Three St. Petersburg Times journalists have won a 2010 Investigative Reporters and Editors award for "Under the Radar," their investigation into a bogus Navy veterans charity and its elusive founder.
Recently retired reporter Jeff Testerman, news researcher John Martin and former editor Richard Bockman are sharing the IRE award in the category for newspapers with circulations from 250,000 to 500,000 with the Seattle Times, which was honored for its stories about abuse and neglect in homes for the elderly.
Testerman and Martin "uncovered an exceptionally brazen fake charity scheme that had collected millions of dollars in the name of veterans and funneled money to conservative politicians across the nation," IRE said.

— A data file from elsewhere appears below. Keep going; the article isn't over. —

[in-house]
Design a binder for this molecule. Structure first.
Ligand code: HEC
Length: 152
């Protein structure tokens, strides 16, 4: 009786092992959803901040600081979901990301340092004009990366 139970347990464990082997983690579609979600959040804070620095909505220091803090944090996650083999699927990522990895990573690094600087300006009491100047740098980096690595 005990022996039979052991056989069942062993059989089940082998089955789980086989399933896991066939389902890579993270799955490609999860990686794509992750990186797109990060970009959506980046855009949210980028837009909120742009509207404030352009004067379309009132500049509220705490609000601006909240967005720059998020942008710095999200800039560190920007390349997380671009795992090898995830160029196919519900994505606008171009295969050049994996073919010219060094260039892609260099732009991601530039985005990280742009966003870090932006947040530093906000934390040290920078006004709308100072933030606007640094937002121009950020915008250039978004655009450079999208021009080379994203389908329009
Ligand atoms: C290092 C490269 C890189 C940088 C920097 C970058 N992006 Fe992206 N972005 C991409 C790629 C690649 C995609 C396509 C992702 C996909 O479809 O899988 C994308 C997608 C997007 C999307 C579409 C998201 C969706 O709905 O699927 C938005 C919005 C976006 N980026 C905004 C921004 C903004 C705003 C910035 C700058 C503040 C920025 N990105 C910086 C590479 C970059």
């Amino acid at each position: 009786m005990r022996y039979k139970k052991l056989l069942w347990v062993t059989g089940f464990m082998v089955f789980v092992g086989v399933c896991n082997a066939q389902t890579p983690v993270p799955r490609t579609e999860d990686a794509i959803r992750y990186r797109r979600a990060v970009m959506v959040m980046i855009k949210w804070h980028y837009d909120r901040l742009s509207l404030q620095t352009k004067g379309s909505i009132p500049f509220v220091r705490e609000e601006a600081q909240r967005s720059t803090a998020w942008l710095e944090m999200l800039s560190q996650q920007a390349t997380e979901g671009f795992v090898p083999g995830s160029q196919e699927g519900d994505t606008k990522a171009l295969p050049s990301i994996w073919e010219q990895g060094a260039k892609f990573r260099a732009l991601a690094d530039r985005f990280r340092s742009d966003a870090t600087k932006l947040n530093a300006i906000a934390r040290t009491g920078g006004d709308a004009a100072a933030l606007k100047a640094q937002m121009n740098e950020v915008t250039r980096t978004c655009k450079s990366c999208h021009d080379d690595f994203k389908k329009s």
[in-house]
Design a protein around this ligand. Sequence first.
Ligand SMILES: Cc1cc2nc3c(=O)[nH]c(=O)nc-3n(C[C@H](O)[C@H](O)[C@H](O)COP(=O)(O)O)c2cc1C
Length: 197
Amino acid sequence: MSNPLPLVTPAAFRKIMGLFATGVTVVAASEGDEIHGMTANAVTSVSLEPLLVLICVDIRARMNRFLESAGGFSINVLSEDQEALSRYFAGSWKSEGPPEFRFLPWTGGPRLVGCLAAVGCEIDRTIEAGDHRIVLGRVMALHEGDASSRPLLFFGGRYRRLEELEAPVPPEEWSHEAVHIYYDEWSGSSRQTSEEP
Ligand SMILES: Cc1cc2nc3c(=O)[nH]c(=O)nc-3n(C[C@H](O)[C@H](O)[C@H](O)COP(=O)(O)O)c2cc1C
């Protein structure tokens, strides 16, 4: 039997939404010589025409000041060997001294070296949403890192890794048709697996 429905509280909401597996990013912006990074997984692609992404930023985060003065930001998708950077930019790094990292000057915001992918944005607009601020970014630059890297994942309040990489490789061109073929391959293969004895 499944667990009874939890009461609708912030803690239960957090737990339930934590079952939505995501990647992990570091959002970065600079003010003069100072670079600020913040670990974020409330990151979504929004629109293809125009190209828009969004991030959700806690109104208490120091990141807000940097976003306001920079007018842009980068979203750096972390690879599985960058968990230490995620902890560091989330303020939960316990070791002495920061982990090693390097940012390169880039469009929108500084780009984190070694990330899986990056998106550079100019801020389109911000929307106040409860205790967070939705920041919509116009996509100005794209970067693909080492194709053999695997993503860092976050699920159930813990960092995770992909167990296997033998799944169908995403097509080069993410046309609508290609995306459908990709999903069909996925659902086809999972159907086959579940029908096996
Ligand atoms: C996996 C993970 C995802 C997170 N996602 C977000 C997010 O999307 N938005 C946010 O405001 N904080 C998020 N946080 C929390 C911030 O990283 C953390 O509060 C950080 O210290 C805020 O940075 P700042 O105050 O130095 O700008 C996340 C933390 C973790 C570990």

The U.S. Navy Veterans Association claimed offices in 41 states and nearly 67,000 members. But Testerman and Martin found no evidence that any of the people listed on the association's elaborate website as members of the national board of directors or state officers even existed.
The group's founder, who used a false identity, Lt. Commander Bobby Thompson, is now on the lam. As a result of the Times' series, federal authorities are investigating, and an Ohio grand jury has indicted "Thompson," alleging theft, racketeering and money laundering.
In addition, Times reporters Sydney P. Freedberg and Kris Hundley, computer-assisted reporting specialist Connie Humburg, news researchers Shirl Kennedy and Carolyn Edds, and Bockman, who left the paper in January to work at a Tampa law firm, were finalists for IRE's Freedom of Information Medal for their work on Florida's pension fund. The Washington Post won the medal for its work tracking where guns used in crimes were bought.